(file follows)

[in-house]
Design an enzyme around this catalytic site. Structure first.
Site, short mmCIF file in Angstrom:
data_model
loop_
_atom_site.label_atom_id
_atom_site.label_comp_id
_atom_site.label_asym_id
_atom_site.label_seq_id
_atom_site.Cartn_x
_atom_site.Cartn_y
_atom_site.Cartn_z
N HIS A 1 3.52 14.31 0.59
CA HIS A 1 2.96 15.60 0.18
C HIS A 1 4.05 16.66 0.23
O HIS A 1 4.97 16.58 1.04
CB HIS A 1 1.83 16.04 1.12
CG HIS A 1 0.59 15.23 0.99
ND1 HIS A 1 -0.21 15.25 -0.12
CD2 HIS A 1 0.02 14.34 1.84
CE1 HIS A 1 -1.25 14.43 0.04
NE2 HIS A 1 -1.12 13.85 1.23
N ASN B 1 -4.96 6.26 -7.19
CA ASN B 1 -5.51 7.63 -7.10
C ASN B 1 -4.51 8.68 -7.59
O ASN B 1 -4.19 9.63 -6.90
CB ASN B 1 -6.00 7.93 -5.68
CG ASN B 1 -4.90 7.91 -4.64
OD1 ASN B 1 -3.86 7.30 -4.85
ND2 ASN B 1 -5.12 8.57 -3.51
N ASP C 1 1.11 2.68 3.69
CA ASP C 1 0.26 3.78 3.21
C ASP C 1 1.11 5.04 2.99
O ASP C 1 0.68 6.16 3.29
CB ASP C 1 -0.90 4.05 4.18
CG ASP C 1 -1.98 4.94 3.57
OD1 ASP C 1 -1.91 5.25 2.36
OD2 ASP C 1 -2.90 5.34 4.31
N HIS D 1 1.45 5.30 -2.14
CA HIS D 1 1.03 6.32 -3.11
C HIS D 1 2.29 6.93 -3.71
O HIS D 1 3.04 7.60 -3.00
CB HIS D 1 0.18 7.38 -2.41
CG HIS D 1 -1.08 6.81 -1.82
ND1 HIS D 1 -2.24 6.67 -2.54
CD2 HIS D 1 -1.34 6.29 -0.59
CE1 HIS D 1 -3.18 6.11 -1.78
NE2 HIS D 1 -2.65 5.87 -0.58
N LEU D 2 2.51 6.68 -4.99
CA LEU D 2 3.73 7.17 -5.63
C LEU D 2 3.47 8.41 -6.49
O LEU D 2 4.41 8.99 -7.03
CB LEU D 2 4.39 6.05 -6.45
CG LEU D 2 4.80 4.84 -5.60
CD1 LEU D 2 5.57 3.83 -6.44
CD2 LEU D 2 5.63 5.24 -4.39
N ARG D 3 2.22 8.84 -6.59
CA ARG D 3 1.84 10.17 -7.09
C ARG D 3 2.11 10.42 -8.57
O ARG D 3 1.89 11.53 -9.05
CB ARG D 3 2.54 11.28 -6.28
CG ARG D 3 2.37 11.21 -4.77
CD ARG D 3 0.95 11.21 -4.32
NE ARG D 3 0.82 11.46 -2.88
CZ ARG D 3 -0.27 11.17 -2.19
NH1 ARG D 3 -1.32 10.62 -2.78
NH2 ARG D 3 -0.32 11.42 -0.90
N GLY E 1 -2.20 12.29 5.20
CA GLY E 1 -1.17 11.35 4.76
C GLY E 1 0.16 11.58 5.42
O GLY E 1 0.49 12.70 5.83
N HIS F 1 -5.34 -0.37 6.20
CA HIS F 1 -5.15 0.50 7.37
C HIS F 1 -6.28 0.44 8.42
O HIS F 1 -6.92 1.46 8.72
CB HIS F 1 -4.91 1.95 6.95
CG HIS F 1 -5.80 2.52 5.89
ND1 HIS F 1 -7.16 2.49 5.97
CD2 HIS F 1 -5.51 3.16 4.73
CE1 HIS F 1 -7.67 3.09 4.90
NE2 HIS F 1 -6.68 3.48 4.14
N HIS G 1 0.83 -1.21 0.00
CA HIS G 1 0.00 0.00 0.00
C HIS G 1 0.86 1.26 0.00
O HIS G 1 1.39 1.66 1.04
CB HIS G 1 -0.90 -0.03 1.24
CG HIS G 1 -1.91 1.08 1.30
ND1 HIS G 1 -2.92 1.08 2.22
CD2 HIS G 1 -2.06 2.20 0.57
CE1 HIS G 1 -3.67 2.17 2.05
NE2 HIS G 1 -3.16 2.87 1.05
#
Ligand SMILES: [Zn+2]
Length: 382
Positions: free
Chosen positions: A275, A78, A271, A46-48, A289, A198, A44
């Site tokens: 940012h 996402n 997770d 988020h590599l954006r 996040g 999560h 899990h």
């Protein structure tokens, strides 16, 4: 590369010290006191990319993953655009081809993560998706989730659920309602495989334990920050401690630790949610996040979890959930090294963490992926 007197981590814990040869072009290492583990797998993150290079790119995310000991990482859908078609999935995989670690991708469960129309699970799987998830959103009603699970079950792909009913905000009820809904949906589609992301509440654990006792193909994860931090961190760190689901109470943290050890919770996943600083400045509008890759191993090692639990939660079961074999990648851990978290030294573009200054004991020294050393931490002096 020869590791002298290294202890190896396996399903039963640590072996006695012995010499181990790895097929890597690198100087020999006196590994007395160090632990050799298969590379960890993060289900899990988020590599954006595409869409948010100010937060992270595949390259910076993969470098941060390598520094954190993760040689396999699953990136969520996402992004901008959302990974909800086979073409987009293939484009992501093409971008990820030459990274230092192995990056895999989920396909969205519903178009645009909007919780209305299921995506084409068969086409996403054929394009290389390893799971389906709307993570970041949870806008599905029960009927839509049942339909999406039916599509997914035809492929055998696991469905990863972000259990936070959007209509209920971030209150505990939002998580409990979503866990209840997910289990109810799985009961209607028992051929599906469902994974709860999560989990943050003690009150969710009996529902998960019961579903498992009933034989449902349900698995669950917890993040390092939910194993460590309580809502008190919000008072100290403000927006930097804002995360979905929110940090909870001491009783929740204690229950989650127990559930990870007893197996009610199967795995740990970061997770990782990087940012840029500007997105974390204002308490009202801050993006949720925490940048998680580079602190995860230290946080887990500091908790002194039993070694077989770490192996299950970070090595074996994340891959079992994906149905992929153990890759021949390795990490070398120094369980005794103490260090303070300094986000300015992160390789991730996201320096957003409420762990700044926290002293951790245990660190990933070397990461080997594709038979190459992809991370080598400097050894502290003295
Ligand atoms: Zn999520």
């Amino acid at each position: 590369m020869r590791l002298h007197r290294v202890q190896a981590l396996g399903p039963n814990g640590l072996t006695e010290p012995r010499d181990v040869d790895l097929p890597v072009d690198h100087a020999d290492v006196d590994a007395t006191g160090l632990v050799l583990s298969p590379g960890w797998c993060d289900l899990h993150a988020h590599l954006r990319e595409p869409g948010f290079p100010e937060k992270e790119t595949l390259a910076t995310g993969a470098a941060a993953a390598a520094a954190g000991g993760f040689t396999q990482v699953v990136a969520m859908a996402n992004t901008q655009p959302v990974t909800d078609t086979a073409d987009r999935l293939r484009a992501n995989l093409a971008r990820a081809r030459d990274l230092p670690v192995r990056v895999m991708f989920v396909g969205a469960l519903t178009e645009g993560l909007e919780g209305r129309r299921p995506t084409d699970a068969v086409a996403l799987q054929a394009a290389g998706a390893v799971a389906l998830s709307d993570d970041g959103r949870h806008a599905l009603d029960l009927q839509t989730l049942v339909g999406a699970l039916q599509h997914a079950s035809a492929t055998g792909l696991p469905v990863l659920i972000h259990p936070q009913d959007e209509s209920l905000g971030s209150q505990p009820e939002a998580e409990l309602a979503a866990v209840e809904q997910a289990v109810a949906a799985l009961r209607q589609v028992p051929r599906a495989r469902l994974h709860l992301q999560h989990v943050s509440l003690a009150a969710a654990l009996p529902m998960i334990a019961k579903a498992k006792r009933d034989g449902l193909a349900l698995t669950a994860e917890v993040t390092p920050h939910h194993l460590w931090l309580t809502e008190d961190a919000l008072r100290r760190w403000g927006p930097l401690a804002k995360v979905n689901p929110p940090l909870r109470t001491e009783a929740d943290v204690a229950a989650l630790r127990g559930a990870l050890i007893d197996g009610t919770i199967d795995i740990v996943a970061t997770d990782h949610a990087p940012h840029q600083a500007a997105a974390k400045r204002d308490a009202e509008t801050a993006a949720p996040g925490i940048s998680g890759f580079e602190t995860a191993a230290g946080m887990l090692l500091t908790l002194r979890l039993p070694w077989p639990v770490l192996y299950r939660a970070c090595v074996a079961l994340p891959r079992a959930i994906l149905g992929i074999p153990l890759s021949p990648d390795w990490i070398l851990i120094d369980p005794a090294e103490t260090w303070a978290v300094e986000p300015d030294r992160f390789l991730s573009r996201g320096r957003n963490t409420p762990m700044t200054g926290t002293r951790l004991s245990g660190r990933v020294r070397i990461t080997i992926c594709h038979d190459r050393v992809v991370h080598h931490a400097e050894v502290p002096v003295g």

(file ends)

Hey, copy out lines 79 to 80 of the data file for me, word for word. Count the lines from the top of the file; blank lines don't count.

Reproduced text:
CD2 HIS F 1 -5.51 3.16 4.73
CE1 HIS F 1 -7.67 3.09 4.90